Declining Fertility Rates In The Next 50 Years Can Lead To A Reorganization Of Society As We Know It


By Mayukh Saha / Truth Theory

Global fertility rates are undergoing some massive changes as we witness an unprecedented decline. Researchers are of the opinion that such a decline could lead to “enormous social change”. Changes in reproductive health policies will also be imminent. 

Declining Fertility Rates

Fertility rate is the average number of children a woman bears. When this average goes below 2.1, there is a decline in population.

Researchers from the Institute for Health Metrics, University of Washington, mentioned that the global fertility rate was around 2.4 back in 2017. This is almost half of the 1950 figure of 4.7 children. The researchers worry that the 2017 figures indicate an average of 1.7 by the year 2100.

This research was published in Lancet. It predicts the human population to rise to around 9.7 billion by 2064. Then there will be a drop to 8.8 billion by 2100. They believe better access to contraception and continued efforts in educated women are contributing to this population trend.

Global Trends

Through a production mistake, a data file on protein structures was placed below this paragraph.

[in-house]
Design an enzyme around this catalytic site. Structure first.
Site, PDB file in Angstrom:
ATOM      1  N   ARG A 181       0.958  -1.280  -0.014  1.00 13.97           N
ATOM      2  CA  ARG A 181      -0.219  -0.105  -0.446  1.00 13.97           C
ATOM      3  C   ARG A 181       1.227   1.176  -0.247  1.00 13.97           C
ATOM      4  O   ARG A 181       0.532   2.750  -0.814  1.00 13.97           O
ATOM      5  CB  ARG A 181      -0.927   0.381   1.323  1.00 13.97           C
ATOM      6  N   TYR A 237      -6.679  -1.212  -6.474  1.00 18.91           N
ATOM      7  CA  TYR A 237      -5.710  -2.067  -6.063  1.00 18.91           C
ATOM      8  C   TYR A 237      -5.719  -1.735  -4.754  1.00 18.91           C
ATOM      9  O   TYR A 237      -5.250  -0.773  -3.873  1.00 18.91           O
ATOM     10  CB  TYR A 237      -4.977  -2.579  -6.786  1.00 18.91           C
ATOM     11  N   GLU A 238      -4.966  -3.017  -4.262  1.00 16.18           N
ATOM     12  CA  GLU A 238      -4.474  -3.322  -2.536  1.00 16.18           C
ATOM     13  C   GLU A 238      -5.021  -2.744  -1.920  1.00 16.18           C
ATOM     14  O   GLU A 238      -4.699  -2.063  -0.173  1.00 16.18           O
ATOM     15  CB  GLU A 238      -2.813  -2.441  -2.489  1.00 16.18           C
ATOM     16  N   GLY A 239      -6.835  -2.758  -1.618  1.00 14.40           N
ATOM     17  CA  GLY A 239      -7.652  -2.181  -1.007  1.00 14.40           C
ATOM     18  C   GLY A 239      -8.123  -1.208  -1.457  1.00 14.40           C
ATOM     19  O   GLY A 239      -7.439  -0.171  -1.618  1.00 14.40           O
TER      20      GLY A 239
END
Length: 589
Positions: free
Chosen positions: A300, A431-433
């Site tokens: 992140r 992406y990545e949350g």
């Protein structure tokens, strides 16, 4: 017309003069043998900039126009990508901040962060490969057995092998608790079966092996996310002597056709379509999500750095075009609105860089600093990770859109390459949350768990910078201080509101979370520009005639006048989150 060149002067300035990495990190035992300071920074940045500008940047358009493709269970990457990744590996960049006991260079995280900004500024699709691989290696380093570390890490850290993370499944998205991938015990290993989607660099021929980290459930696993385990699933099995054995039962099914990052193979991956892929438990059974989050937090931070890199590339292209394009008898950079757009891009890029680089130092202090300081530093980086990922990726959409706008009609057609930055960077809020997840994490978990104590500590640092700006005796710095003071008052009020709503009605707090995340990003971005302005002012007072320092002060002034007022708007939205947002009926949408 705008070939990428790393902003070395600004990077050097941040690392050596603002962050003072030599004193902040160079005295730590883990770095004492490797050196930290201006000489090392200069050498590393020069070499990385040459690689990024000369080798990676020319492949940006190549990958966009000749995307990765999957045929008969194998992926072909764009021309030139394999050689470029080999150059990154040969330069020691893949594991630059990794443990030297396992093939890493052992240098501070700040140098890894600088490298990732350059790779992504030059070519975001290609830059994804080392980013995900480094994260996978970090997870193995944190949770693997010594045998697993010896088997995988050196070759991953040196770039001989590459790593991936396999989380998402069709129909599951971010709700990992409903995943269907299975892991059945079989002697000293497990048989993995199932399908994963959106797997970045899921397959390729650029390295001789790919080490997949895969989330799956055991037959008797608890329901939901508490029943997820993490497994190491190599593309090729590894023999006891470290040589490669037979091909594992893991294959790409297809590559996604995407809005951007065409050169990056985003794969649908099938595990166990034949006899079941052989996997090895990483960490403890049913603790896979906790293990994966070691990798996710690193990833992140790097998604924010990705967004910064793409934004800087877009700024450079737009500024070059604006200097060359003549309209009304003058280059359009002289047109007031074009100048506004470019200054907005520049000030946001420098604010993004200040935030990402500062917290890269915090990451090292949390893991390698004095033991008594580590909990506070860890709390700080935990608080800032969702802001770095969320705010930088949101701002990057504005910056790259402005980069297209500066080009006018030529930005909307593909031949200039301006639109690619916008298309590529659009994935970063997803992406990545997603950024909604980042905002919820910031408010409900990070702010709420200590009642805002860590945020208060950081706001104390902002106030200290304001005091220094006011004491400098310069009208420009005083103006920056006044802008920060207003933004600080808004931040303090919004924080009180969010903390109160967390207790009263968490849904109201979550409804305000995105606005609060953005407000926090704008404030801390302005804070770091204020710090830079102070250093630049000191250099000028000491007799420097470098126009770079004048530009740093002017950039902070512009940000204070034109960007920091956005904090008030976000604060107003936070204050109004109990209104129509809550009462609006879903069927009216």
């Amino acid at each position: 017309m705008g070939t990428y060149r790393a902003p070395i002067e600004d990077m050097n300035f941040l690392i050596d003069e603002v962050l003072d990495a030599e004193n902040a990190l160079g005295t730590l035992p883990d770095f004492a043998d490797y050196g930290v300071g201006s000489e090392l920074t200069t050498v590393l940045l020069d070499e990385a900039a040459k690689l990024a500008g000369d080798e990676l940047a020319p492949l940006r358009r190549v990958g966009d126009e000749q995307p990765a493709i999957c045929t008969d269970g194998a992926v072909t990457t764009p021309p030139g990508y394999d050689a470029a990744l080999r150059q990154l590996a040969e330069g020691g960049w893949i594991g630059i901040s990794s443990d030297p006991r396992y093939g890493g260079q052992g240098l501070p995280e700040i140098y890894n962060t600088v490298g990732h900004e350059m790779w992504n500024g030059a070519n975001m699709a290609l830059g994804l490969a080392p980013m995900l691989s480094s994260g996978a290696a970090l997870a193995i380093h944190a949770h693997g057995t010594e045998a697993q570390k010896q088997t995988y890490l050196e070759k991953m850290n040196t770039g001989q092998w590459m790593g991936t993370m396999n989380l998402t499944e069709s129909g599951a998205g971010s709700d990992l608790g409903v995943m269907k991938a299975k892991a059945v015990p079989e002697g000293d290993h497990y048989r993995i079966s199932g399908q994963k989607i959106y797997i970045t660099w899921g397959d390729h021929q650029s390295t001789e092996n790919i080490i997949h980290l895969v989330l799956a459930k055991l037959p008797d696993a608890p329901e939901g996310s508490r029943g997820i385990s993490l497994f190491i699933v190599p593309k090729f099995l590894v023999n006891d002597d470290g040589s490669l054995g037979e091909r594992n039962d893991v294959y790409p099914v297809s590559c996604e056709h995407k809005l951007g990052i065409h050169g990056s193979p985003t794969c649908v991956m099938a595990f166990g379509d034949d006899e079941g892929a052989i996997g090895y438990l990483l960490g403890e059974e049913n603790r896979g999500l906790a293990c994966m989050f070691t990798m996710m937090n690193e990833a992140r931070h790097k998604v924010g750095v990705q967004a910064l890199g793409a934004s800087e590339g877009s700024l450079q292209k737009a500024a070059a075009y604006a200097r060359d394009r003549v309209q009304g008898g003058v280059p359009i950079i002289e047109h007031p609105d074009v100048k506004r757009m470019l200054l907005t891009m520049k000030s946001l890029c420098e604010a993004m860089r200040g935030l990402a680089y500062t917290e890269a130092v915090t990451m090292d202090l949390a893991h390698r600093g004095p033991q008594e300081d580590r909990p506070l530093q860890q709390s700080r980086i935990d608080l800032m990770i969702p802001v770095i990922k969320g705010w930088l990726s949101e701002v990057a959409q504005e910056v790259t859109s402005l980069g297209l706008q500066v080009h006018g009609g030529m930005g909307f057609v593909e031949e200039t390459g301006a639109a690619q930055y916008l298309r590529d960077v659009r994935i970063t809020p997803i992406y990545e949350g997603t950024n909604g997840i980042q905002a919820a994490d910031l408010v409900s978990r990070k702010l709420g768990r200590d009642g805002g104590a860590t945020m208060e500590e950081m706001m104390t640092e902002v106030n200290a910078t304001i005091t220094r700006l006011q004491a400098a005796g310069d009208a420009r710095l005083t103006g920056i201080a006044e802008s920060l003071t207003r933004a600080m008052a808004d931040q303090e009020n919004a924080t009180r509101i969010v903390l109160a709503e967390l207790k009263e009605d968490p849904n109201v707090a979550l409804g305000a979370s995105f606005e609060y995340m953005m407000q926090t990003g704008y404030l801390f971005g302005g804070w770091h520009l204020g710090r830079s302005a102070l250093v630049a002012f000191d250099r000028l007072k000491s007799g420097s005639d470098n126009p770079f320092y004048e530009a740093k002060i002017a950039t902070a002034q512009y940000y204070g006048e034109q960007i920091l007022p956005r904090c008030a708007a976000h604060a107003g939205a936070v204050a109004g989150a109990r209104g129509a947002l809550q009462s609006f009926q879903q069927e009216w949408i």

They expect India to take over China as the most populous nation. The prediction for China is that its population will peak at 1.4 billion and then be halved by 2100. Japan’s population of 128 million in 2017 is expected to decline to around 53 million by the end of the century. During this same period, Italy will witness a decline from 61 million to 29 million. The United Kingdom will peak at 75 million in 2063, and fall to 71 million by 2100.

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Christopher Murray, one of the co-authors, mentioned that such a drastic change would imply massive transformation for human society. The researchers believe this drop in the fertility rates of countries like India and China will have immense social, environmental, geopolitical, and economic consequences. They would have to restructure policies to accommodate the declining fertility rate and also have to improve the reproductive health of women. While fewer children will be born, adults will live longer lives.

The figure for less than 5 years old children will go from 681 million in 2017 to 401 million in 2100. On the other hand, the number of 80 years old people will see a rise from 141 million to 866 million. This will create some problems as fewer people contribute to the economy while more spending will be needed to care for the elderly. Murray says people are still not aware of the impact this current trend can have. He said, “If you can’t [find a solution] then eventually the species disappears, but that’s a few centuries away.”

Image Featured: Kateryna Kon

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